So where does this leave me? I’m of a mind to shelve the project for a while, work on something else, and come back to it with a clear head–something suggested in the article above. I’m wary of that though, because I know myself. If I put it down, even for a couple weeks, there’s a chance I’ll neglect it completely.

So for the moment, I’m going to continue working on it–through research, if not actual writing. I need to get back to basics, and my research on Tarot will give me that anchor. Once that’s complete, I should be able to get a clearer view of the overall story, do some revised plotting and outlining, then dive right back in. In the meantime, this is something I needed to learn, and I’m glad it came when it did (as opposed to, say, after releasing the first stories in this project). It’s a lot easier to fix  the foundation if you haven’t built the tower already.

6 comments on “A Toppled Tower

  1. Thanks for the shout-out, James! And you’re right – when you keep adding, you make the story unstable. As you say, get back to the foundations and look at them with new eyes. Oh my, mixed metaphors… Have fun!

  2. Interesting.

    I liked this bit:

    • who the hero is and who or what might oppose them
    • what people are trying to do
    • how it will get worse
    • what the setting is
    • why it will take a long time to reach a resolution
    • a rough structure

    I’ve been struggling with my WIP (a prequel to Rainbow’s Lodestone) for several days, and it finally gelled today. I had to do a lot of setting research (things like the looking up the melting point temperatures of bronze and iron) and setting brainstorming (how did the Ghriana build their strongholds?). Fun stuff, but this work usually gells into a story sooner for me. I was beginning to wonder…if it wouldn’t! Eeep!

    I can’t say exactly what I did that precipitated the gelling, but it started with a resolve to bring my mind back from the vast and grand scope of the setting to the character I hoped would be the protagonist and back to the first inklings I had for his nature.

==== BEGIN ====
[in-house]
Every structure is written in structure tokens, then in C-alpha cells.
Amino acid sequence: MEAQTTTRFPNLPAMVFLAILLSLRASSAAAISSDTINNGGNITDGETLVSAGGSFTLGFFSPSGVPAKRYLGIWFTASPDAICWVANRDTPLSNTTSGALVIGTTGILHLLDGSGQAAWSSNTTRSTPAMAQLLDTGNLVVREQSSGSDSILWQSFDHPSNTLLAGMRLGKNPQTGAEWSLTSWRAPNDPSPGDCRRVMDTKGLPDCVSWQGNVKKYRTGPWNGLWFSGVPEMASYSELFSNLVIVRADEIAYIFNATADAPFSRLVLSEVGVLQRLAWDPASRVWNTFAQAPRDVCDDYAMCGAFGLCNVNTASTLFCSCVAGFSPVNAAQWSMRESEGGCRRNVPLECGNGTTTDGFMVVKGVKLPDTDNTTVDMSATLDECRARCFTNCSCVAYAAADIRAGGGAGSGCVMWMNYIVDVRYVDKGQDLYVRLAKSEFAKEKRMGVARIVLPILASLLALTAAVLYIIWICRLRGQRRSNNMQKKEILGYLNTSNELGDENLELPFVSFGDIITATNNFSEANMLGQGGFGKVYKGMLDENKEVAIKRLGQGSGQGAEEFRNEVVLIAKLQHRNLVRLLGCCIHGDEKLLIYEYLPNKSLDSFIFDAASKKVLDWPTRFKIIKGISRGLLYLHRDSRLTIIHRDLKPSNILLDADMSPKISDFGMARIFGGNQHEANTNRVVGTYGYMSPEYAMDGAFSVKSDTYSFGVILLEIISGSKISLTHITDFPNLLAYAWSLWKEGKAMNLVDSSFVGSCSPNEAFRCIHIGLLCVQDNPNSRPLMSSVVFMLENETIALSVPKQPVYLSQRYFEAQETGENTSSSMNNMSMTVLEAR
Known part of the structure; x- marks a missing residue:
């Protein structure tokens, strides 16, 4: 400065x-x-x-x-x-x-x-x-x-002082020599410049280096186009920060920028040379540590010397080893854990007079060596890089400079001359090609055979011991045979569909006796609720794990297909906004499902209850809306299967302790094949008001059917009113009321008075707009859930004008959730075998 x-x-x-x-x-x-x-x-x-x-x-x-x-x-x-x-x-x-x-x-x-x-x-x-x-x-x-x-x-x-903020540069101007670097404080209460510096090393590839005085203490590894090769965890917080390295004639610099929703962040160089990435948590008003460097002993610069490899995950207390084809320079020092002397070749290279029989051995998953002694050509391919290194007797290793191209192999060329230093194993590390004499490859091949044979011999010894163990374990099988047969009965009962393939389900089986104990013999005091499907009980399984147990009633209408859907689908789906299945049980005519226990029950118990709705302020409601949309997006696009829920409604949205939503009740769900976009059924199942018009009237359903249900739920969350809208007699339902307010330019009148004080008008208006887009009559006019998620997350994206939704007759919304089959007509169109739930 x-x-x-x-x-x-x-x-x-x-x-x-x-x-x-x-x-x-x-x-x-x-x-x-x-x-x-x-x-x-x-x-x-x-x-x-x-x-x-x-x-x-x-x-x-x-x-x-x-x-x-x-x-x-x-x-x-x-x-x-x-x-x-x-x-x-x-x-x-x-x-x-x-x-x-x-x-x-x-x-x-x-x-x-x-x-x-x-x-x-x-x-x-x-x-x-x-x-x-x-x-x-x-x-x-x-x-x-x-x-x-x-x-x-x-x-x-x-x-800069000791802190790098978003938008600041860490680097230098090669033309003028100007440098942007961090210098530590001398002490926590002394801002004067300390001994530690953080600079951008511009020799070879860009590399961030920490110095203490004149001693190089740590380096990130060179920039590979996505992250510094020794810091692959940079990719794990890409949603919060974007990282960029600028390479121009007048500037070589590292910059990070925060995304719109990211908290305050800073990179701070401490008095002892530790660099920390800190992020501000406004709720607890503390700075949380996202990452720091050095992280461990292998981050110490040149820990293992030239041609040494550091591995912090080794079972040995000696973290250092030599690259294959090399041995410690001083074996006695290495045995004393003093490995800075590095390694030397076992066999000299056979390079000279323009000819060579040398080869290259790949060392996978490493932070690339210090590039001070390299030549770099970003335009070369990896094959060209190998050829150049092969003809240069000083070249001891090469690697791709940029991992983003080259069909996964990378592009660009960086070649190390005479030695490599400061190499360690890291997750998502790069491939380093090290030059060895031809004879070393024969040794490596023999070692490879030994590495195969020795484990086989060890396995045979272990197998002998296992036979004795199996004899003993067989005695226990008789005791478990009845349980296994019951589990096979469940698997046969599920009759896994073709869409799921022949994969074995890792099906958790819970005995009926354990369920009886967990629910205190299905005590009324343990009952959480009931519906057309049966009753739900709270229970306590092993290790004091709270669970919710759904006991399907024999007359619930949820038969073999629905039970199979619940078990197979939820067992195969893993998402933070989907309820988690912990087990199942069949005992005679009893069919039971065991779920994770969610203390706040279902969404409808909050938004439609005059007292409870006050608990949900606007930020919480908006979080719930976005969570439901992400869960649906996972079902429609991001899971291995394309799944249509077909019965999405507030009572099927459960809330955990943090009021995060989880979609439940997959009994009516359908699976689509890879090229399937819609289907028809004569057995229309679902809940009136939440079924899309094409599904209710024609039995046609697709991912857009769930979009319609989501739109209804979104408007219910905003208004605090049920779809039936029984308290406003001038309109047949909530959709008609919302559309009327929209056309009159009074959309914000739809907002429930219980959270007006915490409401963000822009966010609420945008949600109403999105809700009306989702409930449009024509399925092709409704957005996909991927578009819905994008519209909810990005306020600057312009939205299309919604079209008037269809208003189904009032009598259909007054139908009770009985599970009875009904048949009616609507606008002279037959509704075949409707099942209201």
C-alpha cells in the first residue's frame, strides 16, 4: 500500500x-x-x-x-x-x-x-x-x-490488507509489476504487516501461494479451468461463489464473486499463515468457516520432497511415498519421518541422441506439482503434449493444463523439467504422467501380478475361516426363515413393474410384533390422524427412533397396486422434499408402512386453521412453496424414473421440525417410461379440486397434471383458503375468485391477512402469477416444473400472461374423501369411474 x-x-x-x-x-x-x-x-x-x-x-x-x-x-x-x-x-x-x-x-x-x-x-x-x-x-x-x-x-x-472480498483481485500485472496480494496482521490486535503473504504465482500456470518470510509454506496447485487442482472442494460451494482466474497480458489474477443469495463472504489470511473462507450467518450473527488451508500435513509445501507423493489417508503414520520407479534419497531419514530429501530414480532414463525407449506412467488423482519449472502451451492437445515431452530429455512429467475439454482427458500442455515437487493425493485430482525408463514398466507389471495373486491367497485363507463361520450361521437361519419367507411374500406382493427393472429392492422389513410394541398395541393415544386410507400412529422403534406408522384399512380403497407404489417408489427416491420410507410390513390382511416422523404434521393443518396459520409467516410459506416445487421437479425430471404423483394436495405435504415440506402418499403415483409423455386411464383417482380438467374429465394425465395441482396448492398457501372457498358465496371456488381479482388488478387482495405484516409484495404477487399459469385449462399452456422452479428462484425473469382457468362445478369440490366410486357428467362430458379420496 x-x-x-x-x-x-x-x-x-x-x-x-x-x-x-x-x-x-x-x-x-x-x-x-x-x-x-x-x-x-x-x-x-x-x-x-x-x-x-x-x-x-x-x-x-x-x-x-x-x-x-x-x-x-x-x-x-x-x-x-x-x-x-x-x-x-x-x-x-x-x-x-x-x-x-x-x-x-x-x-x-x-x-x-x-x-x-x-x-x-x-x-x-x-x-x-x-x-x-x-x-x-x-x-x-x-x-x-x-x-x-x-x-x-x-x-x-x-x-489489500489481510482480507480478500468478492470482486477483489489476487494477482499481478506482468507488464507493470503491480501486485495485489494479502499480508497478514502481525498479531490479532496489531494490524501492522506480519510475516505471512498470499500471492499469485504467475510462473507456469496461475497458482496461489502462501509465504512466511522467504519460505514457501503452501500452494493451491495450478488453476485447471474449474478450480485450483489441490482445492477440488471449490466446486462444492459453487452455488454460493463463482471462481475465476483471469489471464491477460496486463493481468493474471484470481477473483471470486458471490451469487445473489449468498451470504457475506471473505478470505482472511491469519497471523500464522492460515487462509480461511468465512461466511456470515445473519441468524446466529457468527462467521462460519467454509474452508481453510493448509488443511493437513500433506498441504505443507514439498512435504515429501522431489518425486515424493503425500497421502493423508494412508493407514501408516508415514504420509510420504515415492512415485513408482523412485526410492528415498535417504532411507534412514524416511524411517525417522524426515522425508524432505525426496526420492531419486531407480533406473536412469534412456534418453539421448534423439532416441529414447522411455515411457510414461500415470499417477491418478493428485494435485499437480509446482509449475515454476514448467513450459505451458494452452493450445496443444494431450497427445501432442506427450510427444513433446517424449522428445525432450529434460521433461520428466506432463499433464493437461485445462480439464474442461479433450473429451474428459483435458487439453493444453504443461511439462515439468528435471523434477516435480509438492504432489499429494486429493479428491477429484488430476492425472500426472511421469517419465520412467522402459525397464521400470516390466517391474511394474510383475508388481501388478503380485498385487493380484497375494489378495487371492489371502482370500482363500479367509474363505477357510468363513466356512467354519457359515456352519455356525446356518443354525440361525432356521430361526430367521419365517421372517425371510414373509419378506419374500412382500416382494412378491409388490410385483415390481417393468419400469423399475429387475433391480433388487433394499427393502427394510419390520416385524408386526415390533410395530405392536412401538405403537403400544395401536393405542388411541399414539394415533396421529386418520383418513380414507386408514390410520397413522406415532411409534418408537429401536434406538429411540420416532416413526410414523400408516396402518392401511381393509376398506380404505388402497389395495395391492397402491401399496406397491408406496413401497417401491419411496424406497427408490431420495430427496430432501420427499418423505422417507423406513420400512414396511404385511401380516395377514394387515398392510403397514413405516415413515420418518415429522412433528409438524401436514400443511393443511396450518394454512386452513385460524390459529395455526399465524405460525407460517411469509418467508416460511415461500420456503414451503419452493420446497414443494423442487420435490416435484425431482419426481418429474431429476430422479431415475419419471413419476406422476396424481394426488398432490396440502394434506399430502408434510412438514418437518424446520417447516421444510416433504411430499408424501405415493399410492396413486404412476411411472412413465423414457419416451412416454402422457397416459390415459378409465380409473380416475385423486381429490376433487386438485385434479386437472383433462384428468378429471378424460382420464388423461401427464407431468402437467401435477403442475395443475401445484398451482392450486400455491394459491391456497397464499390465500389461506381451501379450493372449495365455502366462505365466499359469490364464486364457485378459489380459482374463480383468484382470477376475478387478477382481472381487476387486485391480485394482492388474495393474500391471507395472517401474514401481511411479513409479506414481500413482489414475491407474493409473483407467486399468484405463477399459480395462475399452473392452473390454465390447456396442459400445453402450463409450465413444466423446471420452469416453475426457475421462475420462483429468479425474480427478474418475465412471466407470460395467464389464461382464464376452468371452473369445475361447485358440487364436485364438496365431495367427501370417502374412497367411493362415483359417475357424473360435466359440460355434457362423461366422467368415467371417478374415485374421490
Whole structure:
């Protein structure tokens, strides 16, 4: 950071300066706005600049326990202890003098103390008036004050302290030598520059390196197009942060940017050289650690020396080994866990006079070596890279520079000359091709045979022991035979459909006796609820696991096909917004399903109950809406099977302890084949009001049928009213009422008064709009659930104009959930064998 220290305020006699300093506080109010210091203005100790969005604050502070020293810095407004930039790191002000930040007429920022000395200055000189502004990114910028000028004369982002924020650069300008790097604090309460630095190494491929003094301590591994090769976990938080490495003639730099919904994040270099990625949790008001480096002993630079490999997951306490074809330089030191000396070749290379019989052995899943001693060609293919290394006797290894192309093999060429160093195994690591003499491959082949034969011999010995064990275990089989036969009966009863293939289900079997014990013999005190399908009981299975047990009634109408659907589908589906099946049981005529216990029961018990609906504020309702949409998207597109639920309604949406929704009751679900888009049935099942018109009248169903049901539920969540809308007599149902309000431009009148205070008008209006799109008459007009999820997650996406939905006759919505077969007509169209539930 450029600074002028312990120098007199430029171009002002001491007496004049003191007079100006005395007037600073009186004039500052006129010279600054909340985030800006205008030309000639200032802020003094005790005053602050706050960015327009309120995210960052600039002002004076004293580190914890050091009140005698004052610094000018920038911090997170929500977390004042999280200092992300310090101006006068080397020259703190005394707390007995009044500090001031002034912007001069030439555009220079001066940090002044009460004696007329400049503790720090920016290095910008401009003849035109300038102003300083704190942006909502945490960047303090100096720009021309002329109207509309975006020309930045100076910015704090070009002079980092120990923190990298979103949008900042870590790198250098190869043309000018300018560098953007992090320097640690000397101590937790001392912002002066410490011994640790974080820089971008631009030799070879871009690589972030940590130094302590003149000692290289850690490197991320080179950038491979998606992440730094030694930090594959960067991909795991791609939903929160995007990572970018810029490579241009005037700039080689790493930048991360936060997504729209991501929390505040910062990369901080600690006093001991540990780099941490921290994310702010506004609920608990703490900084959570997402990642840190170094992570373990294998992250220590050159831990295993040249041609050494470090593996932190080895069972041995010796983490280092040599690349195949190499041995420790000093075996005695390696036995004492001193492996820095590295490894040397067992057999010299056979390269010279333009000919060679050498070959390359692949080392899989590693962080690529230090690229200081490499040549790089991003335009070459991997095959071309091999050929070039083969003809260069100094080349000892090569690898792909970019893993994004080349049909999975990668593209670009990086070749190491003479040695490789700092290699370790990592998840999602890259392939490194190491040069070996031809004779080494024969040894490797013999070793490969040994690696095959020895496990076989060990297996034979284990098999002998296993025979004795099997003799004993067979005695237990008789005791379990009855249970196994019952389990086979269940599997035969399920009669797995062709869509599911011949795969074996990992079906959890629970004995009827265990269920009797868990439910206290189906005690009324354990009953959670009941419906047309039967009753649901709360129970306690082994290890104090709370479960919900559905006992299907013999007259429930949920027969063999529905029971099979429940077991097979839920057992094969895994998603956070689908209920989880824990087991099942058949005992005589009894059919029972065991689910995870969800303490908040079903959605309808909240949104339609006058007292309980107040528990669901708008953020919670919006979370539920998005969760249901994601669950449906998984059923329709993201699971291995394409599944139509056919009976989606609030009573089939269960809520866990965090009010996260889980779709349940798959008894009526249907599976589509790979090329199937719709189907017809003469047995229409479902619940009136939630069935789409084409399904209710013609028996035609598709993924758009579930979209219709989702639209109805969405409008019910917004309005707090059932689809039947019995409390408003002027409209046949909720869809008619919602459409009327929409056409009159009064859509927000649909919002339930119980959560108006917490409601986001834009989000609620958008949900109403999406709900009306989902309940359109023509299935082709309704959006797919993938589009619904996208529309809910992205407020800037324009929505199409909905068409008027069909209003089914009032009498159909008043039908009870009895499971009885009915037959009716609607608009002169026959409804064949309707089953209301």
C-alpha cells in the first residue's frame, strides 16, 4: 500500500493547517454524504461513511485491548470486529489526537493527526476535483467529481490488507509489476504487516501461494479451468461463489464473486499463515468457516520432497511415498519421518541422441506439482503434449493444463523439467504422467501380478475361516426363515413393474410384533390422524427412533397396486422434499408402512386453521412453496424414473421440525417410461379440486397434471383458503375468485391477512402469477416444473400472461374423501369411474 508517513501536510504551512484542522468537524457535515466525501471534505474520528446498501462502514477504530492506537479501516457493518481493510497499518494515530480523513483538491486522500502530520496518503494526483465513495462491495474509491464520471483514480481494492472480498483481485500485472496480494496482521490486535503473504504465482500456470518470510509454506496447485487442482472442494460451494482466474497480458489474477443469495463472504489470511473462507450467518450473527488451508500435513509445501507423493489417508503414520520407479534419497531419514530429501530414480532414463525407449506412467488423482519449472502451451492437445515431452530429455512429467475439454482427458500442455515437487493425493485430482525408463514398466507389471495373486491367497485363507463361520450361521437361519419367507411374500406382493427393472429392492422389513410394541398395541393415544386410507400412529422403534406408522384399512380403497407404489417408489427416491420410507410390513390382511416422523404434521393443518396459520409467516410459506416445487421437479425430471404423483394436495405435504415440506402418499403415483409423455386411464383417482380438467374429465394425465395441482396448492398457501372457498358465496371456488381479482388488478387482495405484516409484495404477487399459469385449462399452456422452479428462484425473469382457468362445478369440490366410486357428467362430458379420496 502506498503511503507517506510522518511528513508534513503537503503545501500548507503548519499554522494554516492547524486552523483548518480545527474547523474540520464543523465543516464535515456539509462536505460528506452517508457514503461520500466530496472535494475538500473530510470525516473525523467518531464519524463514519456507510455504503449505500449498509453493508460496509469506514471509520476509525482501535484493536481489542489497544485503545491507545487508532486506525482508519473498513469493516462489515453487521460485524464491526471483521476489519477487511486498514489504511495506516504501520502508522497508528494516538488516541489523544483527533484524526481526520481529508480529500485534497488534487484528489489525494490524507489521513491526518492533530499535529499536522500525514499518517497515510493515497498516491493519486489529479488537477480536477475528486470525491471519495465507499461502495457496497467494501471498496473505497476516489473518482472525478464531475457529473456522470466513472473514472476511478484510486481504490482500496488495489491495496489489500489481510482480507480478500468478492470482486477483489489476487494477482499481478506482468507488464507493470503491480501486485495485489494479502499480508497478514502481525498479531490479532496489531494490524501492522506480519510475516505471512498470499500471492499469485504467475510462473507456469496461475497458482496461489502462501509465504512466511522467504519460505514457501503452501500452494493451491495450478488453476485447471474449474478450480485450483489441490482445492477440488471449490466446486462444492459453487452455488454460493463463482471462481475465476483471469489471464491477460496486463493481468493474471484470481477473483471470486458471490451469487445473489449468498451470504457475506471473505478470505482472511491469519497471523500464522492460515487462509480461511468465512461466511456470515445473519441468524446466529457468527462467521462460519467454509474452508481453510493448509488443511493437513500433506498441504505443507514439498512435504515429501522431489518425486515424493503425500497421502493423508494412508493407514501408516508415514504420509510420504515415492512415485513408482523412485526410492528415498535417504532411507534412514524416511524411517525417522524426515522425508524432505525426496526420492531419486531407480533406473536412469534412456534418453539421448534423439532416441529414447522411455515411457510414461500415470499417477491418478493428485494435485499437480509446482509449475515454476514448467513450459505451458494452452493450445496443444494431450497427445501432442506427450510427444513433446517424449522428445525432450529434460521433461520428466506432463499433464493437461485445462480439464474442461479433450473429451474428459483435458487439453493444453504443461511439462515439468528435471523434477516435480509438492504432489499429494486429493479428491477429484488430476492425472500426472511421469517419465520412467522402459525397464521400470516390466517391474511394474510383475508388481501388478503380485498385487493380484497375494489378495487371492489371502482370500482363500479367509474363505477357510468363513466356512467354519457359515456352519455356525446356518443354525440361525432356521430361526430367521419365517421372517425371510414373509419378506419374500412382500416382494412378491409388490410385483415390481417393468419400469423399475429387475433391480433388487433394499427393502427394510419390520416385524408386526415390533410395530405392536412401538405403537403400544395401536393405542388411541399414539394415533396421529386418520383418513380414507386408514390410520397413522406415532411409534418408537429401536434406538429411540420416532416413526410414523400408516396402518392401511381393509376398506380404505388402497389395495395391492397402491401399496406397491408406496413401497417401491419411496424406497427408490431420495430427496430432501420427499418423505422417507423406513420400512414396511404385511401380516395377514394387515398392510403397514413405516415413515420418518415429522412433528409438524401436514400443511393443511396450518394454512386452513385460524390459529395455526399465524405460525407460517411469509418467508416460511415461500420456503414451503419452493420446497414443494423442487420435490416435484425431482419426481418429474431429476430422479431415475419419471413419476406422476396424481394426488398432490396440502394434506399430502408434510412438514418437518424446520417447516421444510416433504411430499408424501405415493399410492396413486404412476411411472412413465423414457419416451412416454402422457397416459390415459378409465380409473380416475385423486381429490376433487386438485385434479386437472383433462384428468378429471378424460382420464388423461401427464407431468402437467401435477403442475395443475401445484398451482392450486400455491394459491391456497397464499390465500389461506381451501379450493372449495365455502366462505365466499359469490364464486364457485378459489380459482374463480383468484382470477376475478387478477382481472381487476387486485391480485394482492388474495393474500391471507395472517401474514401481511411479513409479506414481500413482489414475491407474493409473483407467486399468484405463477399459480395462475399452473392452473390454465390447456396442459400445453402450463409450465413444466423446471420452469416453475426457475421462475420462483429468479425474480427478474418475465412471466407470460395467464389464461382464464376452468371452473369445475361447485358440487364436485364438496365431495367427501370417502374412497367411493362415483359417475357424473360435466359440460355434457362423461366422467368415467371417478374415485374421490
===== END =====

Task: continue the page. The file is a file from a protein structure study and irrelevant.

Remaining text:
As I contemplated, the first scene I’d envisioned suddenly became more solid and real. It wasn’t an outline or a sketch anymore. It was…the beginning of the story. And the whole arc of scenes started to fall into place, sort of like turning the focus on binoculars and going from blurry to sharp. I was ready!

    I’m sure the exact scenes I write will change, as well as some details and the ordering of the scenes. But I can feel the current now! And I notice after the fact that I can answer all the questions in Morris’ list. I’m going to make a reference copy of that list!

    (BTW…cool photo from Flickr!)

    • You’ve hit the nail on the head: looking at the “grand scope” of things isn’t always going to work. I need to step back and see the tress–not the forest–as it were.
      Glad your project is gelling! I’ll look forward to that prequel; it’s a great story, but it left me wanting to know more about the history of those strongholds and how things came to be. Can’t wait!

  3. Ryan Casey says:

    Great post, James, and very timely indeed for that matter. I’m currently reviewing my upcoming novel (reviewing tends to be what I call the first stage of the re-writing process, where I sit down with the book and make notes on plot/character points and general overarching themes that aren’t really working for me) and I’ve also found myself wanting to get back to the root of my problem/dilemma. There’s a lot going on, quite a fair bit of backwards and forwards, but it’s something that is addressable. A part of me hates the rewrite stage (why can’t everything just read as well as it seems to write during the first draft?!), but I guess tearing it up and getting to the root of the character’s issue is all part of the fun.


    • You raise a good point: ego can be a formidable challenge to a writer. I also used to think that my first draft would be fine–just check for spelling and such, then press “publish.” Despite having written things for a decade, I’ve never gotten out of that mindset until actually publishing something. It’s a lot harder than it looks–but it’s a good lesson to learn!